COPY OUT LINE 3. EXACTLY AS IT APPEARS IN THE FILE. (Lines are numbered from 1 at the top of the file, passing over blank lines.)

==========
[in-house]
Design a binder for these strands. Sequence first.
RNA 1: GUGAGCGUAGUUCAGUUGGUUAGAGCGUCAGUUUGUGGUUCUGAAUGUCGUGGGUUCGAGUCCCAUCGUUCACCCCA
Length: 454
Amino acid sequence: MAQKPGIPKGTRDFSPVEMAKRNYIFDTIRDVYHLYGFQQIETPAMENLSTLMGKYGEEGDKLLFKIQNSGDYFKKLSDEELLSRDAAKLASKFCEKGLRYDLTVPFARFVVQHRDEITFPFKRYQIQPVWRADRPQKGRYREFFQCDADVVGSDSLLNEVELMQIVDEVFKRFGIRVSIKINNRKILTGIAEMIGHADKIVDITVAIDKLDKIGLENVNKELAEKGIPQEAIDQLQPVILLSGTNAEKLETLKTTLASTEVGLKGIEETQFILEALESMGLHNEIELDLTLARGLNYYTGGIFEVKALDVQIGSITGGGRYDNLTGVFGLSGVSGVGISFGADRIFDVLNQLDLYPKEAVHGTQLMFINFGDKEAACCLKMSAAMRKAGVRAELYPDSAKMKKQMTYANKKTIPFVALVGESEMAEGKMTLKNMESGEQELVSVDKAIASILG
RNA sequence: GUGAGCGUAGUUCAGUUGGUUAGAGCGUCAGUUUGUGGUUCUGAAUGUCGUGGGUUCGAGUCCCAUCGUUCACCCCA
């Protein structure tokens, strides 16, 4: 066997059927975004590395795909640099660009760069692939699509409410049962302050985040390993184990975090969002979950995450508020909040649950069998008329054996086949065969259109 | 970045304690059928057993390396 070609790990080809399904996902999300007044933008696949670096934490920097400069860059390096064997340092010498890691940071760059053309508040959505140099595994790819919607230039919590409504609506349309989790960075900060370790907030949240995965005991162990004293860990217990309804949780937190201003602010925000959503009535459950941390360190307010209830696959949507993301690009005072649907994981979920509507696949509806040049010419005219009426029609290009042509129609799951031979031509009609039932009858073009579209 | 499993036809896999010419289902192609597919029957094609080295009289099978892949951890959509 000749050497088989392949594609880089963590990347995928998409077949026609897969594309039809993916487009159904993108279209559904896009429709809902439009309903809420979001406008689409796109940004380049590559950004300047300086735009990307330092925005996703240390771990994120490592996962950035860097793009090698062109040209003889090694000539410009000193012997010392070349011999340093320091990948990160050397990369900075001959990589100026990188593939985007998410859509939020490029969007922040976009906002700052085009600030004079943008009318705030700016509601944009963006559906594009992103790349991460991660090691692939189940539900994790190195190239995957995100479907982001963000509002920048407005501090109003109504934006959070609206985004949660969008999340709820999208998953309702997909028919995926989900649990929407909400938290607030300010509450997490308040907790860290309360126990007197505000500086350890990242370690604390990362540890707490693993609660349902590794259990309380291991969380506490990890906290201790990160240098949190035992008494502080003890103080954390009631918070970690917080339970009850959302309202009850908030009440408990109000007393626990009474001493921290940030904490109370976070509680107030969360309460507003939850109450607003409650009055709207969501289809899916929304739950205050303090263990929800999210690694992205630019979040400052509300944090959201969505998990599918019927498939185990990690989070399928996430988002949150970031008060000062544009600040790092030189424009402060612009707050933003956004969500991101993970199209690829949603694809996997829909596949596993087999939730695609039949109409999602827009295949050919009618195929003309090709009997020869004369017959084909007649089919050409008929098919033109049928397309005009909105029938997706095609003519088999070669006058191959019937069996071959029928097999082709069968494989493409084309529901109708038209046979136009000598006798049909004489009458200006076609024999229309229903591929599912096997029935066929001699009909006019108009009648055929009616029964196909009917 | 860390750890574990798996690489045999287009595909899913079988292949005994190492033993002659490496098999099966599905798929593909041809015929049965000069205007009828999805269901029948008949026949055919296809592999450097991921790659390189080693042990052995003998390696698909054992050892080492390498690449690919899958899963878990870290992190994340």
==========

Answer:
RNA 1: GUGAGCGUAGUUCAGUUGGUUAGAGCGUCAGUUUGUGGUUCUGAAUGUCGUGGGUUCGAGUCCCAUCGUUCACCCCA